• The word cards and appendices are available free on the website, although you will still have to print both and laminate the brief appendices. If you have more money than time and laminating supplies, you can purchase them for a low fee.

Eclectic Foundations is switching to a new publisher as soon as their current inventory sells out. This means a price hike, so if you’re interested, don’t dawdle. 

Additional thoughts for my fellow roadschoolers:

This program is available here as a digital download and as a physical product. The level I reviewed requires quite a bit of hands-on work for the child, so you will want to buy either the printed version or you will need to print it yourself. The only space saving benefits of the digital version are the ability to print pages as you need them, and not needing to print the teacher’s manual. The TM is, however, quite thin, so this won’t save you too much shelf space. Accessing our printer requires a form of yoga that I’m incapable of performing at my current fitness level, so I print as little as possible.

I don’t like loose papers, and the word cards in this program are definitely loose papers. Most of you will likely not take issue with them, because most of you aren’t quite as tight on space as we are. Don’t let the word card aspect stop you from jumping in if this is up your alley, even if you’re a fellow paper-phobe.

A very simple, but captivating, Charlotte Mason style language arts program for "lazy" moms with preschoolers or kindergarteners.

Will it stay on the road with us?

This program receives a resounding YES! Eliana loves having her own work to perform while the bigger people are writing college essays or working out algebra problems. I am a huge fan of the relatively compact and gentle approach that guides us through some stress-free learning time together. She is definitely learning her phonics, and never balks at doing her lessons. Plus it guides me along a bit better on using the McGuffey Readers. I’m very happy to have found this program.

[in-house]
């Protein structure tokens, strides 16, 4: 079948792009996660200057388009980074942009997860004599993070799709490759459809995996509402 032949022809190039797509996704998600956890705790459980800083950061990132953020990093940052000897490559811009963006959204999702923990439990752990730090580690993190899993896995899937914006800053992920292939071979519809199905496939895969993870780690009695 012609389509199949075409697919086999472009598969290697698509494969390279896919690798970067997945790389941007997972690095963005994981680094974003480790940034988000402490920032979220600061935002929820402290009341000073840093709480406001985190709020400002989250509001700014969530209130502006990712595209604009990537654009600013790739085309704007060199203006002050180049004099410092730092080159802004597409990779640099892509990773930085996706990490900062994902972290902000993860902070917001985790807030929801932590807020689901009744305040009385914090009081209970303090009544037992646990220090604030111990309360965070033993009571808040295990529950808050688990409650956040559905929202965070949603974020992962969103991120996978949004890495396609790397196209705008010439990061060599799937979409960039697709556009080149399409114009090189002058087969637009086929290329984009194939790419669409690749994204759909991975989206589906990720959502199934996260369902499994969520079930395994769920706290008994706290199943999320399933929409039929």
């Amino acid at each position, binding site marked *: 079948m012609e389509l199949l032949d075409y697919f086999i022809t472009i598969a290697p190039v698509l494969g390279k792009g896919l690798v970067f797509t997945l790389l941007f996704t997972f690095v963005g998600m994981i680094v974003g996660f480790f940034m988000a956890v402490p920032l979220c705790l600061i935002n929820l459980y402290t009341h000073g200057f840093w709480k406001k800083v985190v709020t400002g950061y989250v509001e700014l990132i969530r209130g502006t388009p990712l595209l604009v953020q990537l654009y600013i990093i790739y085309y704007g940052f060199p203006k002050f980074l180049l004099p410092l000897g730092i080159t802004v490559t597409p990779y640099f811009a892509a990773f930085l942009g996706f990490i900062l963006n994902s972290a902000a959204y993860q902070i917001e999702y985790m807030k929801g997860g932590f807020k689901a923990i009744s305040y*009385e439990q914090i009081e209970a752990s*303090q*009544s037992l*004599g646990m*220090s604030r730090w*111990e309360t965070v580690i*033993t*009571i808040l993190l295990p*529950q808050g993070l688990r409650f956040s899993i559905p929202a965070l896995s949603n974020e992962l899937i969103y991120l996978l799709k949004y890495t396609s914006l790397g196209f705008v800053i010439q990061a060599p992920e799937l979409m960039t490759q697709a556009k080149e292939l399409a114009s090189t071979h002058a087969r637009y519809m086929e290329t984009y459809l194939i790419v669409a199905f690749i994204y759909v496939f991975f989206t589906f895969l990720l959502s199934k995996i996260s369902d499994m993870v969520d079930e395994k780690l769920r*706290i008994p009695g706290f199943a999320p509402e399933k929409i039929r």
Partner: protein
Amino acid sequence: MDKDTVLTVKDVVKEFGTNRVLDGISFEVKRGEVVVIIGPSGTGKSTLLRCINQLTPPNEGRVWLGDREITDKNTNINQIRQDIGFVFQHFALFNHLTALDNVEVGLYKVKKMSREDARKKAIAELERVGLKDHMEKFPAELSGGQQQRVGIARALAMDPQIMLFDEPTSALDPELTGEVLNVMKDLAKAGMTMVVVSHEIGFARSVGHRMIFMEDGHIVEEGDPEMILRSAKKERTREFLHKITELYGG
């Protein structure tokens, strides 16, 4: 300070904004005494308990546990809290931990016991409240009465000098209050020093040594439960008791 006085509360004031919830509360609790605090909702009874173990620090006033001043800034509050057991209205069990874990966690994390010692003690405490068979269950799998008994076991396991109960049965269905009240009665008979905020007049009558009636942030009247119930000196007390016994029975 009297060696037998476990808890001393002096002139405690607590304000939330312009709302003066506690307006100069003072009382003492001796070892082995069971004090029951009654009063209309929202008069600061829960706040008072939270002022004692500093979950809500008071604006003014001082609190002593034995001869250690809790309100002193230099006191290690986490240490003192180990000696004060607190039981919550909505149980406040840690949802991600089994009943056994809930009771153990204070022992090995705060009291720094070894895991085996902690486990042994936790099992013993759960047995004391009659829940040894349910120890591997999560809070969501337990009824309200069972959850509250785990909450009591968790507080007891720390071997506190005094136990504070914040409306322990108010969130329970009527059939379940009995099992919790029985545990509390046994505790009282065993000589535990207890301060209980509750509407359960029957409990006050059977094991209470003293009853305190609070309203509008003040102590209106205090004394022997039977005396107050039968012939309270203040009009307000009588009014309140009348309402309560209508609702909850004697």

The only thing we are doing a bit differently than the course shows is how I teach vowels. I offer only the short vowel sound at first, because that worked well with my first six readers, whereas Eclectic Foundations and McGuffey teach multiple vowel sounds at once. This hasn’t mattered in the course so far, so I’m sticking with my approach…at least until Ellie starts sounding out words that require other vowel sounds.

Summary:

We use and love our old book, but we are bumping that down to a supplement and using Eclectic Foundations Level A. It is wonderful for children who desire a little more hands-on work and are ready to begin writing as well as reading. It also introduces basic grammar, so is more of a language arts program than merely a phonics program. It has earned its shelf space.

Want to know more?

Click on any of the links below to learn more:

What other parents are saying:

Other Homeschool Review Crew parents also reviewed Eclectic Foundations Language Arts Level B or Eclectic Foundations Language Arts Level C. To get their opinions on A, B, and C, click here or on the banner below:

Social Media Links:

You can find Eclectic Foundations on Facebook or Instagram and get the heads up when their next levels come out.